in, each

12
Examples - Nested
13
Examples - Nested
14
Examples - Crossed
15
Examples - Crossed
16
Examples - Nested
17
Two-Stage Nested DesignStatistical Model and
ANOVA
18
Two-Stage Nested DesignStatistical Model and
ANOVA
19
Residual Analysis
  • Calculation of residuals.

20
m-Stage Nested Design
21
m-Stage Nested Design
  • Test statistics depend on the type of factors and
    the expected mean squares.
  • Random.
  • Fixed.

22
Expected Mean Squares
Assume that fixtures and layouts are fixed,
operators are random gives a mixed model (use
restricted form).
23
Alternative Analysis
  • If the need detailed analysis is not available,
    start with multi-factor ANOVA and then combine
    sum of squares and degrees of freedom.
  • Applicable to experiments with only nested
    factors as well as experiments with crossed and
    nested factors.
  • Sum of squares from interactions are combined
    with the sum of squares for a nested factor no
    interaction can be determined from the nested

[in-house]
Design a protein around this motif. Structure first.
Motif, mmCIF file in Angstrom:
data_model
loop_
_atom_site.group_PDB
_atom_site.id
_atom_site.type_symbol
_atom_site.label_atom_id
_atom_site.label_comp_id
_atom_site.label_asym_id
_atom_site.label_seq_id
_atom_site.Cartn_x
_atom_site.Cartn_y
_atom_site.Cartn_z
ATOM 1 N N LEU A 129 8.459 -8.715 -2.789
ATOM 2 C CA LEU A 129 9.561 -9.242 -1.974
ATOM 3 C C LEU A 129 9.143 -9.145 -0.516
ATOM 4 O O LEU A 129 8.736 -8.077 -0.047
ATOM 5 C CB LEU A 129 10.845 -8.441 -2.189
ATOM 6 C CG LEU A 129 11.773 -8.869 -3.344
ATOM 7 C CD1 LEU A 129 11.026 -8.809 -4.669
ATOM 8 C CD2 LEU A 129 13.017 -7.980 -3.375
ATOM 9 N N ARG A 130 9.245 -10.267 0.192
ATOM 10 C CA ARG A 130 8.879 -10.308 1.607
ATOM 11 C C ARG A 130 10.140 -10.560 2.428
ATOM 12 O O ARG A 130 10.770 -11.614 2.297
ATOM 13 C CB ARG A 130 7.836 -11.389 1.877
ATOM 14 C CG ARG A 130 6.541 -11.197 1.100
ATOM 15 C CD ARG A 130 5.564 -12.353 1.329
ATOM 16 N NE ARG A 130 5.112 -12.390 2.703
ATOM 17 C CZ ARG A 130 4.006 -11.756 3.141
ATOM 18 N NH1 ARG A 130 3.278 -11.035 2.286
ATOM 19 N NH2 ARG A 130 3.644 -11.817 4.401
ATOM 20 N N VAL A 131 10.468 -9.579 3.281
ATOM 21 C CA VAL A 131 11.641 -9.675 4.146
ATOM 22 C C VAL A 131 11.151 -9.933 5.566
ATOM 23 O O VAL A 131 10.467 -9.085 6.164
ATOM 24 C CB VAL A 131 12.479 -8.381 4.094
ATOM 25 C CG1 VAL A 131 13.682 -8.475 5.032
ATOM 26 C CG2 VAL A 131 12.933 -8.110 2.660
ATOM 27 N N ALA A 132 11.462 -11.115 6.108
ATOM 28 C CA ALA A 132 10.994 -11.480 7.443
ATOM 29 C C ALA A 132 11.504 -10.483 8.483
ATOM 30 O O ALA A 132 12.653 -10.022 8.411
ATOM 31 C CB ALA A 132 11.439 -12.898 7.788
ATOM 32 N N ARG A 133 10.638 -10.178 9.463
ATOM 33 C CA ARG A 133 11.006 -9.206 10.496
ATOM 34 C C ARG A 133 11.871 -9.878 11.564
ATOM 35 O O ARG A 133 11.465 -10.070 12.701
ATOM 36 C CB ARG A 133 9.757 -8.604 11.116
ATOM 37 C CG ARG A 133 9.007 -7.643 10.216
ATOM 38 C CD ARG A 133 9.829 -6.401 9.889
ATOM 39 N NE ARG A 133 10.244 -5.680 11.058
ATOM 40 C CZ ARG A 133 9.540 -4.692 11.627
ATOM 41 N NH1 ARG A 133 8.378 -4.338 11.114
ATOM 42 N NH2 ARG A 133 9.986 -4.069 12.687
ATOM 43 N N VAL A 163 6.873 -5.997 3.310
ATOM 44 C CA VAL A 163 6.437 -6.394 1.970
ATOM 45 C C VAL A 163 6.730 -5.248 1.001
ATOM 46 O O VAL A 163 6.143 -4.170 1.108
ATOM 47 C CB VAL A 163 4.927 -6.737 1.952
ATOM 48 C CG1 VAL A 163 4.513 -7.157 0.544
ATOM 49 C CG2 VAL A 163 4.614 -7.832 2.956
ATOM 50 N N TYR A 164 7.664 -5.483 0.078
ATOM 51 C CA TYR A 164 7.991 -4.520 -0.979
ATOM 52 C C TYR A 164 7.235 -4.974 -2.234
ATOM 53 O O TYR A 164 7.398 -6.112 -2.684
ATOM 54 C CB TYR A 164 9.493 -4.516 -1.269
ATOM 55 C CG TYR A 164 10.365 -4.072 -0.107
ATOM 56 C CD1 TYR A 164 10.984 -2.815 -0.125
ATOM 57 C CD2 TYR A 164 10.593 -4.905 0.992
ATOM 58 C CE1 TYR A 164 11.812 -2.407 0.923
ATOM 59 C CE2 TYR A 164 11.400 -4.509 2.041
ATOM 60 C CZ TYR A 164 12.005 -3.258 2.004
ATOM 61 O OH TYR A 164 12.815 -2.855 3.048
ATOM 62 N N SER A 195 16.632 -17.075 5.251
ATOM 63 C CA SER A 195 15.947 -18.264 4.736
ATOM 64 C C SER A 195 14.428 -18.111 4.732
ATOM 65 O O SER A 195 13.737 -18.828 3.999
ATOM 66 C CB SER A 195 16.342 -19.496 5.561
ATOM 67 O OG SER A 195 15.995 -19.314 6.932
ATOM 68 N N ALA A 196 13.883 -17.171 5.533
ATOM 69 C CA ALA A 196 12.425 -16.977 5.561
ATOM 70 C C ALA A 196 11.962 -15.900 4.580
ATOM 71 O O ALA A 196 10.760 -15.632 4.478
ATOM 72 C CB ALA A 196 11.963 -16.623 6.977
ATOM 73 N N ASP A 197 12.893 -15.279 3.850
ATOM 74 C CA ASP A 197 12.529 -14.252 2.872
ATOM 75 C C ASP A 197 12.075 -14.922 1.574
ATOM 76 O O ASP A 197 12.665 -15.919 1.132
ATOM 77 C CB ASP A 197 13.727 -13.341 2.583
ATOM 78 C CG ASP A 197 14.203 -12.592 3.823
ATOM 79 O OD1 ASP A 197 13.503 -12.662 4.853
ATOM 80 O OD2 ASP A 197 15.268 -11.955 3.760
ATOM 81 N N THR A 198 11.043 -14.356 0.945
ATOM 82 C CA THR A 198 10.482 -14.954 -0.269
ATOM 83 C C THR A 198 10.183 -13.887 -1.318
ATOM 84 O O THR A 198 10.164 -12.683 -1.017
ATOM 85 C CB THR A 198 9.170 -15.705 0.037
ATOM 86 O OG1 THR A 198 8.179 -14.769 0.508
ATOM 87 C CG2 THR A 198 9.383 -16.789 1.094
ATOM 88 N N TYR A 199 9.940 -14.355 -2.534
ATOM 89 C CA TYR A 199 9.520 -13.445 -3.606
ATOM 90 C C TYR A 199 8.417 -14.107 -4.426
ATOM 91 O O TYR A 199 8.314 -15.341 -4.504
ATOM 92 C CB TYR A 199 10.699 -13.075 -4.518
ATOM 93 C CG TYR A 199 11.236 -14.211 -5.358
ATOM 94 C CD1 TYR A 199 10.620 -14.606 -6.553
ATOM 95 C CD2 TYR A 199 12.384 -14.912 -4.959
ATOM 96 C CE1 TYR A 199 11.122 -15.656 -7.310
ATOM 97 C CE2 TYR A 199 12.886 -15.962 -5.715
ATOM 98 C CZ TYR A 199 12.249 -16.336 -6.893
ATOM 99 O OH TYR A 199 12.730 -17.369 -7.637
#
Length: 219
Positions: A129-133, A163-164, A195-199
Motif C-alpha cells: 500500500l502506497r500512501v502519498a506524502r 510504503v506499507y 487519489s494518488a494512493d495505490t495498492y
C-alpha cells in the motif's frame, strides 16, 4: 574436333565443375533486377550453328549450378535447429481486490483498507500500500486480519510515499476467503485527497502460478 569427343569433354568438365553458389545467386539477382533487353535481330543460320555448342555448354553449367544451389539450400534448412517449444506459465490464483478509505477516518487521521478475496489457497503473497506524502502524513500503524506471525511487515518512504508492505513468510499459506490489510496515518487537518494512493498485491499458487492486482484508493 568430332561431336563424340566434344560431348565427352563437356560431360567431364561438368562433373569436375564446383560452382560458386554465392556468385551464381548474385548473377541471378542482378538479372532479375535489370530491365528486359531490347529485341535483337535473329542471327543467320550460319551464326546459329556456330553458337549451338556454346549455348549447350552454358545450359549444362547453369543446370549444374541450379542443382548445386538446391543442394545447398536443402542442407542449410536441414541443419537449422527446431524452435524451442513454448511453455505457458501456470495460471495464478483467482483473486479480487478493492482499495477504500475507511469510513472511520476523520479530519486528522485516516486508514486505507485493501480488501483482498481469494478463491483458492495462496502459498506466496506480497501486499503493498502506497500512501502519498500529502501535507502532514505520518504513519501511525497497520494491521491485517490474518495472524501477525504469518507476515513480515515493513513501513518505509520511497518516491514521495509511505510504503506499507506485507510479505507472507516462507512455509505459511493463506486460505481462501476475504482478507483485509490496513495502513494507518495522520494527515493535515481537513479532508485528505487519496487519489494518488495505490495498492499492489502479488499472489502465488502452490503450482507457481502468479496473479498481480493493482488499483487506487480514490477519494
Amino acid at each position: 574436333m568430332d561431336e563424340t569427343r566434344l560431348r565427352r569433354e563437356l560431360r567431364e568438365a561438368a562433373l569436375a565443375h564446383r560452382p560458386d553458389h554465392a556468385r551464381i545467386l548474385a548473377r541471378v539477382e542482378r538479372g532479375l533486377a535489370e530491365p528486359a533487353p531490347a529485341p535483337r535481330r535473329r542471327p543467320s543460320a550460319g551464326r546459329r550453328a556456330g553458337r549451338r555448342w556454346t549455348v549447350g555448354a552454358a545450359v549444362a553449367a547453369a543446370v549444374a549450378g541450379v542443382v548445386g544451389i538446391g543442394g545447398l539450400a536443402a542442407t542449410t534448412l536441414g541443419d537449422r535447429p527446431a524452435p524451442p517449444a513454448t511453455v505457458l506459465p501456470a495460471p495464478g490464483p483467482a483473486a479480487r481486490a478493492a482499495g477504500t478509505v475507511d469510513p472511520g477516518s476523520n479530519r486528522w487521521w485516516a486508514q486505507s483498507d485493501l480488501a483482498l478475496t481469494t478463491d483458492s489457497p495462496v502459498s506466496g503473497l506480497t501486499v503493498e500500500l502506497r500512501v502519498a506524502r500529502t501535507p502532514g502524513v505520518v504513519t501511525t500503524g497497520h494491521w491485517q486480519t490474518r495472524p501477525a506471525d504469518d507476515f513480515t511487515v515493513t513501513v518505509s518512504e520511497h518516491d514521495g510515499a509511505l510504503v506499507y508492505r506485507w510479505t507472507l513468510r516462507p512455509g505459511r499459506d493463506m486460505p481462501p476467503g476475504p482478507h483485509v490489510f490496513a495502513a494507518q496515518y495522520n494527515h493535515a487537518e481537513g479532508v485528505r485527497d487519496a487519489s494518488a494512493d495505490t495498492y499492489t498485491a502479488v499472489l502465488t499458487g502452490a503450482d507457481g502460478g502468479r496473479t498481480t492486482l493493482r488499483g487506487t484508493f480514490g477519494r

factor.

24
Alternative Analysis
25
Split-Plot Design
Further phenomena in Experimental Design
  • In a single factor experiment has different
    features, such as
  • Multi-locations
  • Repeated measurements
  • Factorial experiment can have either of these
    features
  • Two hierarchically nested factors, with
    additional crossed factors occurring within
    levels of the nested factor
  • Two sizes of experimental units, one nested
    within the other, with crossed factors applied to
    the smaller units

26
Split-plot Design
There are numerous types of split-plot designs,